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Good Pitching is Never Wasted:  OT

 

1966.    Terri.  We went to 4th-8th grades together, then to high school.  As a sophomore she became smoking hot.  Gallo still looked like a 7th grader.  But during the hour-long bus ride we would bond with discussions of classes and the boys she liked.  I was safe. Yes, I did her homework.  Yes, I carried some water for the boys she liked.  Yes, I talked to her on the phone late at night when she felt alone or rejected. She asked me to the Senior Prom when the boy she wanted wasn’t available. It was a bases loaded/no runs scored situation.  I declined the prom, and kept something resembling my dignity.  By the time we were in college, she no longer returned phone calls when we were both back home for the holidays.  She has married a dentist, I hear, and lives in Fresno.  They have season tickets to the Grizz, but they don’t use them.

 

Final score:  1-0.

 

1969.      Cheryl.  Sat next to her in an auditorium class called Art History 1A.  She: cute as a buster, with a hint of sophistication because of Pasadena privilege.  Me:  still a 7th grader.  We both failed the Art History mid-term.  They actually expected us to, like, learn the signs.  What’s that about?  We studied together for the second half of the quarter (4 weeks), and we passed the Final.  I asked her out.  She accepted because saying no would have been difficult, and I spent a month of food money at a Swiss restaurant in Newport Beach.  I asked her out again, but she was busy. I was DFA.  In my remaining years at Irvine, I saw her around occasionally.  Classmates tells me she graduated in ’76. A prospect I couldn’t sign.  I'm sure someone did.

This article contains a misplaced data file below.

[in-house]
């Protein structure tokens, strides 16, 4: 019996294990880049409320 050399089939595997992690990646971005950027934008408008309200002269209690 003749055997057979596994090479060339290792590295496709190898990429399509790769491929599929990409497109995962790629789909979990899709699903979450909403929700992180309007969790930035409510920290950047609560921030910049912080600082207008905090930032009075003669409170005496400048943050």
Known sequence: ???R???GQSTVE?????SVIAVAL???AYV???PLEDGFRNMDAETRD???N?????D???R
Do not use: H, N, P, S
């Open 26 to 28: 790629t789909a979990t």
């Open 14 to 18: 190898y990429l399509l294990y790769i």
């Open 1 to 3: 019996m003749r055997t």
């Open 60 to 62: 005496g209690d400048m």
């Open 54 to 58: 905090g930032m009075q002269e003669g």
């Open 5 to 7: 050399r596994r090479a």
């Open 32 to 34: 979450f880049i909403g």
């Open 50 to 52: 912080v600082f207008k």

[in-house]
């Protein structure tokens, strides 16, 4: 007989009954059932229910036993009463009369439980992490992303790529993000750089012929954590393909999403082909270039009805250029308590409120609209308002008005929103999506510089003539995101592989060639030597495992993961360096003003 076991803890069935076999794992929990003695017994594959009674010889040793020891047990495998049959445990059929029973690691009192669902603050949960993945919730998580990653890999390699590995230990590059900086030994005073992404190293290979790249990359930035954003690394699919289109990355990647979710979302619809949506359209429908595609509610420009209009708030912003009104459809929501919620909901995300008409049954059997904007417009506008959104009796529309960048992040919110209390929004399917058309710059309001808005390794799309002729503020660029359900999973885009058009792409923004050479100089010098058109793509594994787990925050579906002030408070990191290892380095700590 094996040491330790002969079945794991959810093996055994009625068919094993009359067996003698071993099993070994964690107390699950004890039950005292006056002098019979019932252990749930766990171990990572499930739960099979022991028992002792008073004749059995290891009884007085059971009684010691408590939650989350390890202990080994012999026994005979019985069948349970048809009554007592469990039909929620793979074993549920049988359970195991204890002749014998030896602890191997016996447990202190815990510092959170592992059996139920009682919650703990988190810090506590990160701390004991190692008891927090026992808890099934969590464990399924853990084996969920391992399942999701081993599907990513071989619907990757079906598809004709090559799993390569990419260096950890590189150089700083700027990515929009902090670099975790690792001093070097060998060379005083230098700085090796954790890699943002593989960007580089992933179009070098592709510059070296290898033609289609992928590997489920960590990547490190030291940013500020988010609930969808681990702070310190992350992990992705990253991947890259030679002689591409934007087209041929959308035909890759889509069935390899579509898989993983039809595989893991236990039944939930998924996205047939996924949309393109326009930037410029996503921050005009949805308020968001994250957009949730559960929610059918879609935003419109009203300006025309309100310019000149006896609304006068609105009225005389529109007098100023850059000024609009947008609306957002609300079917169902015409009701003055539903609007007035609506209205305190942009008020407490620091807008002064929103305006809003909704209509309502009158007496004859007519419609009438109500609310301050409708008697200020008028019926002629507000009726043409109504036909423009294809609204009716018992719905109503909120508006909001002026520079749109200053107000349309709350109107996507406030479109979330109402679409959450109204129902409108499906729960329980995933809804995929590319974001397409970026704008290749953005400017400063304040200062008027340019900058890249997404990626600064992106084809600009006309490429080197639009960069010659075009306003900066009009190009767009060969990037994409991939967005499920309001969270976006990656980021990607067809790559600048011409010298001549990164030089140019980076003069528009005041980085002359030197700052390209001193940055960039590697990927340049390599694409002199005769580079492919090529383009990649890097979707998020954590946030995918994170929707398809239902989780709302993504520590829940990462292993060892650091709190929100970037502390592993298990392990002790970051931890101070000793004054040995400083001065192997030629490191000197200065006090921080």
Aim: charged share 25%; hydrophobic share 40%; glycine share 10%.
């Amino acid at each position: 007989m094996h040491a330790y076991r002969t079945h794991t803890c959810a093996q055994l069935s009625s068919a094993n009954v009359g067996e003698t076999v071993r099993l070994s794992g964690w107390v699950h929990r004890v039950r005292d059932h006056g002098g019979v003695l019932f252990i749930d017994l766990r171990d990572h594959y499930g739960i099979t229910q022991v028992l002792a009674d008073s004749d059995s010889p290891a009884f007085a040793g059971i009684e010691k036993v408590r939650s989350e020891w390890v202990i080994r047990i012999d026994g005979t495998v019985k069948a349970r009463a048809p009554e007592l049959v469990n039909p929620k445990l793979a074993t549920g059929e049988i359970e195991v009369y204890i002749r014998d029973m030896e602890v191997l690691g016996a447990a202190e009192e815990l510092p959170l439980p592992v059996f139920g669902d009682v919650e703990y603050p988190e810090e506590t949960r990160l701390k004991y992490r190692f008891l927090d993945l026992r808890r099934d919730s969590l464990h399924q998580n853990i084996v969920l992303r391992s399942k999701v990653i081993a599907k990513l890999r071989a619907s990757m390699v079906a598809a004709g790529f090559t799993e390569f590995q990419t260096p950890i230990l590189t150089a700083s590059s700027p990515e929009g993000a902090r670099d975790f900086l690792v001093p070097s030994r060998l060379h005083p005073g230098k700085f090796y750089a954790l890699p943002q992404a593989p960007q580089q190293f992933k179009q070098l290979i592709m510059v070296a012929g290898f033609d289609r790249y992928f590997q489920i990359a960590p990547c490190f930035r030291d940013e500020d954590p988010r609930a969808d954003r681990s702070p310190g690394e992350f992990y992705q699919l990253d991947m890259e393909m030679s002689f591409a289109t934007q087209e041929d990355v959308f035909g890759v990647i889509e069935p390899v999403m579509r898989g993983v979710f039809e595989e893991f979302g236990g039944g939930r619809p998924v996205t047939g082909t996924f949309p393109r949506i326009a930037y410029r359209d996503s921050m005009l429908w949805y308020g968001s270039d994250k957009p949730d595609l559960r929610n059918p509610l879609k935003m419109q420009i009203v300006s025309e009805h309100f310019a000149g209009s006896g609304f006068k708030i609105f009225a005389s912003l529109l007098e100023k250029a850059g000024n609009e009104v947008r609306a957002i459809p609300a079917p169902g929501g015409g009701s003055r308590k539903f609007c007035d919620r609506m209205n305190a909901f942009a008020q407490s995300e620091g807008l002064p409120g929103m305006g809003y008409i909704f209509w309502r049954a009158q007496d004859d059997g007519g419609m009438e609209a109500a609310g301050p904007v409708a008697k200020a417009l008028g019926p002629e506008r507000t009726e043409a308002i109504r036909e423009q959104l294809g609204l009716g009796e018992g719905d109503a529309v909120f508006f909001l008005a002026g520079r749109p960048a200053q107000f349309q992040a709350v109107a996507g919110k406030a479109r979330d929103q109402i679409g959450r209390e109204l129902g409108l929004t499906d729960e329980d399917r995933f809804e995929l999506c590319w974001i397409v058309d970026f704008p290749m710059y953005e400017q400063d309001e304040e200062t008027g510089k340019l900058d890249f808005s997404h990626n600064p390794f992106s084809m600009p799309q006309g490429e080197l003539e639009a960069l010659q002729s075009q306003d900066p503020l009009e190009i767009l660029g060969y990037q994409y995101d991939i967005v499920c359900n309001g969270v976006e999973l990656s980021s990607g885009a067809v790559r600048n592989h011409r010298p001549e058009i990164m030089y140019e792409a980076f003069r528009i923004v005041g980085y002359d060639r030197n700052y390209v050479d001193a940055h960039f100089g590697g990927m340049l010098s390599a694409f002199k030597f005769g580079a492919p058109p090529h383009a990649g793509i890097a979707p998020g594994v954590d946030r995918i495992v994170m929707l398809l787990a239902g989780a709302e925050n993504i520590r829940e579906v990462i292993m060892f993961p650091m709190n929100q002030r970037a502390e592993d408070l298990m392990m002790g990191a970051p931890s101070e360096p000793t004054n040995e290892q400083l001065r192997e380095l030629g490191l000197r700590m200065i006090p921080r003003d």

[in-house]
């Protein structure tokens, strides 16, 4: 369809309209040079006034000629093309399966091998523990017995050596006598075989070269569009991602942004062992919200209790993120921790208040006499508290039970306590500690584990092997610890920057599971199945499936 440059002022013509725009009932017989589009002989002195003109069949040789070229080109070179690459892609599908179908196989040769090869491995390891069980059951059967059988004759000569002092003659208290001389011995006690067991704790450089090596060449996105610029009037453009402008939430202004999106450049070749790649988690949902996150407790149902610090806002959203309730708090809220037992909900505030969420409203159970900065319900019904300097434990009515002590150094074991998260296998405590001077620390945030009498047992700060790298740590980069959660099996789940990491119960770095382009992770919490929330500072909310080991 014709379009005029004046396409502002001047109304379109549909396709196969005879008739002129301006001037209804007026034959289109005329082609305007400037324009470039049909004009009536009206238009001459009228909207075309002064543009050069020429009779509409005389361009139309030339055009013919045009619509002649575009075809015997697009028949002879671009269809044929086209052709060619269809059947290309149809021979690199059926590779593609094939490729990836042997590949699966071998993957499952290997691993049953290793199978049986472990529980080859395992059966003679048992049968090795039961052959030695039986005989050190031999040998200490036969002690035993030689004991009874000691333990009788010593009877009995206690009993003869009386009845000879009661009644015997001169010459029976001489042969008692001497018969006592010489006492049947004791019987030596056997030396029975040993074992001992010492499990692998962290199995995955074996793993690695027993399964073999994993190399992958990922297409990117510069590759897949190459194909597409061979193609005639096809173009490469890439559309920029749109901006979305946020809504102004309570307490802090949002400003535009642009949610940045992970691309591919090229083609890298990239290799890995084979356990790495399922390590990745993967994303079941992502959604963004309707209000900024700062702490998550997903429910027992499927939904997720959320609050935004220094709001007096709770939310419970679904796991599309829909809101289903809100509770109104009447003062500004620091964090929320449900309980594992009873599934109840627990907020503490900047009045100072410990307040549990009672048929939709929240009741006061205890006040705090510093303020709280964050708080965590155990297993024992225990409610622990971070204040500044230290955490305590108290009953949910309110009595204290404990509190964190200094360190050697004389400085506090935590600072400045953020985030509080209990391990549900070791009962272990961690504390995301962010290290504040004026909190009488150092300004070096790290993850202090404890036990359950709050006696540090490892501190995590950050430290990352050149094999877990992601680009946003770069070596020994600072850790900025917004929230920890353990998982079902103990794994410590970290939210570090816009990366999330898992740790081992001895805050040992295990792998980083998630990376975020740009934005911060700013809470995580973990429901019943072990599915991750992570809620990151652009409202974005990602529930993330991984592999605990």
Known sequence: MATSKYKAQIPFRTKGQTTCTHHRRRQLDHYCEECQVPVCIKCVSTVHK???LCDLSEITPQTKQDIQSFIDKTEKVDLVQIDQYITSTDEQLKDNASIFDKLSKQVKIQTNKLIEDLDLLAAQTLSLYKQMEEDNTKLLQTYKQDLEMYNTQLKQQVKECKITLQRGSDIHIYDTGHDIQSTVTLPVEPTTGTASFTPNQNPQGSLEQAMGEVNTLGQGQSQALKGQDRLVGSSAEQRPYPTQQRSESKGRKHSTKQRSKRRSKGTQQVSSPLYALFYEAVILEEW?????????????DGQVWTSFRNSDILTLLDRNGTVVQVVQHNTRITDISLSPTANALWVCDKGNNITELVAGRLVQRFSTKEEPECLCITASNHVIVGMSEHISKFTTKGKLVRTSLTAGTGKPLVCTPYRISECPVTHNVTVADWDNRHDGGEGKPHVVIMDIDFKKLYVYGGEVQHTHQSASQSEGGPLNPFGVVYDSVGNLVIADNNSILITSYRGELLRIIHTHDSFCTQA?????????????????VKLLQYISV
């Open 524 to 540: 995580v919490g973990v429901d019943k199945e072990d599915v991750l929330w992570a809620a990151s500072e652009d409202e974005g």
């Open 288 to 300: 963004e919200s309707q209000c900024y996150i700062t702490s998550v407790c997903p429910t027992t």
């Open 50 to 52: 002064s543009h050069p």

Final score:  1-0.

 

1972.   Jackie.  Met in Spanish 12A.  It was taught by Alphonso Diez-Alonzo, a hysterical little Argentine in his first year as Assn’t Prof.  He has gone on to become chairman of the Dept and big juju in Latin Am Lit.  We couldn’t understand most of his rants.  But Jackie and I flirted in our lame Spanish, and when I went to Spain for my junior year we wrote to each other in that old way, which involved actual writing, often thrice a week by Eurogram. Like Old Hoss Radbourne, I'd have pitched every day if necessary.  Later we had an actual affair, but I was distracted by a shiny object, and we never signed an actual contract.  Last year she asked me if I still had those letters.  I did, and so did she.  We exchanged samples, to our mutual amusement.  The game was different back then.  She has become a world class librarian with an astonishing career:  UCLA Lib MA, Library of Congress, Getty Museum, UC Special Collections.   Married  Nobel Prize winning Bio-Physicist 25 years ago.  The letters remain uncollected; The Hall has asked for them, but Gallo sits firm.  No.  Not until after I die.

 

Final score:  2-0.

 

1975.           Maria.  Madrid.  She hated the ways of the Spanish male and thought briefly that this American boy from the far west coast of Iowa might be better.  She was wrong, but it took a second trip to Spain to convince her, sort of like that last eastern road swing of the year, the one that ends in St. Louis on a Monday afternoon where you fall behind in the 8th and can’t answer in the top half.  You just go home and wait until next year.  Next year never comes.  They play a very different game of ball in Europe.

 

Final score:  2-1.

 

1976.           My ex-wife, Ty Cobb.  Understood the game like nobody else.  Lacked delicate application of unwritten rules.  Symbiotic fail, sort of like the strike out/steal that ended last night’s game.  Many good seasons, some collapses, and at least one spectacular win:  Alex.  Better than the World Series, but not better than winning the World Series. 

 

Final score:  3-2.

 

1999.        Two German ladies:  Marina and Hermiony.  Think of them as Joe Carter and Ellis Burks.  Rented rooms upstairs from mine.  Couldn’t believe that rich Bay Area men weren’t massing to escort them to Top of the Mark.  Signed brief contracts at a time their skills were needed.

 

Final score:  2:1.

 

2008.        Lyla.  Elegant, athletic, smart.  Gallo’s age, but with a clue, or even two.  Not much different from the signings of Steve Carlton or Randy Johnson, except she had 5 children rather than 300 wins. 

 

Final score:  1-0.

 

 

Good pitching beats good hitting.  At least that’s what I’m told.

This FanPost is reader-generated, and it does not necessarily reflect the views of McCovey Chronicles. If the author uses filler to achieve the minimum word requirement, a moderator may edit the FanPost for his or her own amusement.

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